Is this bit the same as a standard down cut?

Hi guys I was wondering how this bit differs from the Standard spiral bits the sell out blind?

Not sure which “standard” endmills you are comparing this to, but the 251 is a regular downcutting endmill, just like many others on the market.

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Usual preface, I’m with PreciseBits so while I try to only post general information take everything I say with the understanding that I have a bias.

I’m with Winston here. There’s not really such a thing as a “standard” tool. Downcut is one aspect of tool geometry (helix direction). There are tons of other ones like:

  • Rake: Angle of attach of the flute
  • Helix angle: How tight the helix is
  • Margin: One of the ways the back of the flute is ground
  • Relief: another of the ways that the back of the flute is ground
  • Core: The amount of material left after grinding flutes
  • Core taper: Change in the core across the length of cut
  • Flute volume: The amount of room in the flute for chips

There are a lot more than that. Those will change how a tool cuts, the force to make the cut, the amount the tool will deflect, the finish of the cut, usable RPM, etc.

On top of that there is also the grade of the carbide used. And it’s not even close to as simple as “sub-micron”. To give you a rough idea here’s the listed specs of a number of sub-micro grain carbides that are in the K20 ISO spec:

    Chinese YG7 T.R.S= 1.9GPa HRA=90

    Kennametal KFS06
    T.R.S.=3.44GPa HRA=93.3

    Ryotec (Mitsubishi) TF15
    T.R.S.=4.0GPa HRA=91.0

Those will not deflect, wear, or finish remotely the same.

One of the issues is that almost no one is going to tell you most of those features as it could let someone copy their tool. So in general you only get the bare minimum (number of flutes, helix direction, tip, micron “grade”).

If you want some examples of how some of these change the cut I go into it a little here:

Hope that’s useful. Let me know if there’s something I can help with.

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Is there a way to learn what type of endmill I should be using on say a lot of small boxes with minimal sanding?

To reduce sanding, a downcut tool such as the #251 or the #46200-K .125" 2 flute down-cut included in:

is a great option (and note that that pack which also has a tool similar to the #251, but coated) is described as suited for woodworkers).

As @wmoy said it is standard 2 flute down cut bit. I use it all the time. The only limitation with down cut bits is deep slots the slot can be choked with saw dust. A down cut bit pushes the saw dust down and traps it there. So for deep slots use an up cut bit if possible. The other issue with the #251 1/4" down cut bit is if you have a loose collet or defective collet the bit will be pulled further and further down into the wood due to the nature of the down cut. So make sure you tighten your collet up well with two wrenches on the Makita/C3D router.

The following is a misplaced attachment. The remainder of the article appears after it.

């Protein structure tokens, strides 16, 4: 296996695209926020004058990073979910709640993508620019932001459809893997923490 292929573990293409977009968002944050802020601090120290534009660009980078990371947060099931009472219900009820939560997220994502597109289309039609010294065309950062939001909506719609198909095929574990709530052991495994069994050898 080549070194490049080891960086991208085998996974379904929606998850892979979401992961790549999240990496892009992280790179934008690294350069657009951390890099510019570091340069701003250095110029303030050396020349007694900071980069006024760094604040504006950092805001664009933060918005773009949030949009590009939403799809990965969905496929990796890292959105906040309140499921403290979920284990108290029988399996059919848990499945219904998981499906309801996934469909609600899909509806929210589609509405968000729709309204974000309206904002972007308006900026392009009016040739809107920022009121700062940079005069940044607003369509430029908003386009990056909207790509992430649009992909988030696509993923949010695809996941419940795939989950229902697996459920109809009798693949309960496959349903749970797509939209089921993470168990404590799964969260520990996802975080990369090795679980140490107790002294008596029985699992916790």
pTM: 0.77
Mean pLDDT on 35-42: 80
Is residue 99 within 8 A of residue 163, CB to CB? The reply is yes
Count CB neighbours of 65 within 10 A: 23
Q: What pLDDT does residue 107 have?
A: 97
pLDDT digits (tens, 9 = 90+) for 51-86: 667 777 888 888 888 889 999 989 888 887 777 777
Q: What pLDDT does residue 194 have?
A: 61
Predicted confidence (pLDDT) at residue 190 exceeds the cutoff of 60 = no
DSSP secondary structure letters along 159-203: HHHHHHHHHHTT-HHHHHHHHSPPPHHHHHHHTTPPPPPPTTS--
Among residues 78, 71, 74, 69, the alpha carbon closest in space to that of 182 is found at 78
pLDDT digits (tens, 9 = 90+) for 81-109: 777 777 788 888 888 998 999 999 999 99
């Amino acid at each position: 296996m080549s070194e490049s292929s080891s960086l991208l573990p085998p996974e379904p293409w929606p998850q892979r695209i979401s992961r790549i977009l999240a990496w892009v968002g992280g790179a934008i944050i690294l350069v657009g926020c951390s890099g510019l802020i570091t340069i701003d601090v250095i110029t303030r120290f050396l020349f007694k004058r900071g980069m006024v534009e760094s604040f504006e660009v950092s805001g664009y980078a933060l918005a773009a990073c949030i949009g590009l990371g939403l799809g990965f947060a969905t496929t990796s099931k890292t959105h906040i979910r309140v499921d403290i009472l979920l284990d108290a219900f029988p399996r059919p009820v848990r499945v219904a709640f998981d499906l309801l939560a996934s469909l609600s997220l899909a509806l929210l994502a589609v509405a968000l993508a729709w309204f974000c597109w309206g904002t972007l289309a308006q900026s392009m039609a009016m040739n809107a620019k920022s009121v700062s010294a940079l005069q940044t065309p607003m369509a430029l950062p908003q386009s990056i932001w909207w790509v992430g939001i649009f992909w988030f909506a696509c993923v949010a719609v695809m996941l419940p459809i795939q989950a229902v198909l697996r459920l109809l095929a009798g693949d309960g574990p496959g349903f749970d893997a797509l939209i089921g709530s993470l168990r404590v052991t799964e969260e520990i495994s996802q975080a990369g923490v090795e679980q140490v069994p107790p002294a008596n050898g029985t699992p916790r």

The #251 is my go to bit for 1/4" and it works well. Just remember the limitations of any down cut bit. You get a cleaner surface but the sawdust can be a problem. There is cases for both down and up cut bits and make the correct choice for a given situation.

Part of it will come with experience. However, I’ll try to give some general idea of a few. This will change depending on your goals though.

As an example you said you are cutting small boxes and are concerned about sanding. There a few things I can take from that but there’s going to be options depending on variables I don’t know. To start with I don’t know the material. You say sanding so I’m going to assume that you are talking about wood or MDF. I’ll go into 3 aspects based on minimizing sanding. Deflection, helix, and edge.

Again, this isn’t an exhaustive list, just some examples. All of the below is like for like and assumes no other issue or limit. These are going to be simplified versions and there are exceptions or work arounds that I will not be addressing.

    Deflection
    Deflection is when the tool or machine are put under enough load they will deflect (bend). This can result in chatter in the cut from the flute(s) being pulled in and out based on the load on tool. From a tool perspective the easy thing to look at to minimize this is a more rigid tool. A tool with more mass left in the tool will be more rigid and less prone to deflect/chatter. So we can look at the tool’s cut length, and core.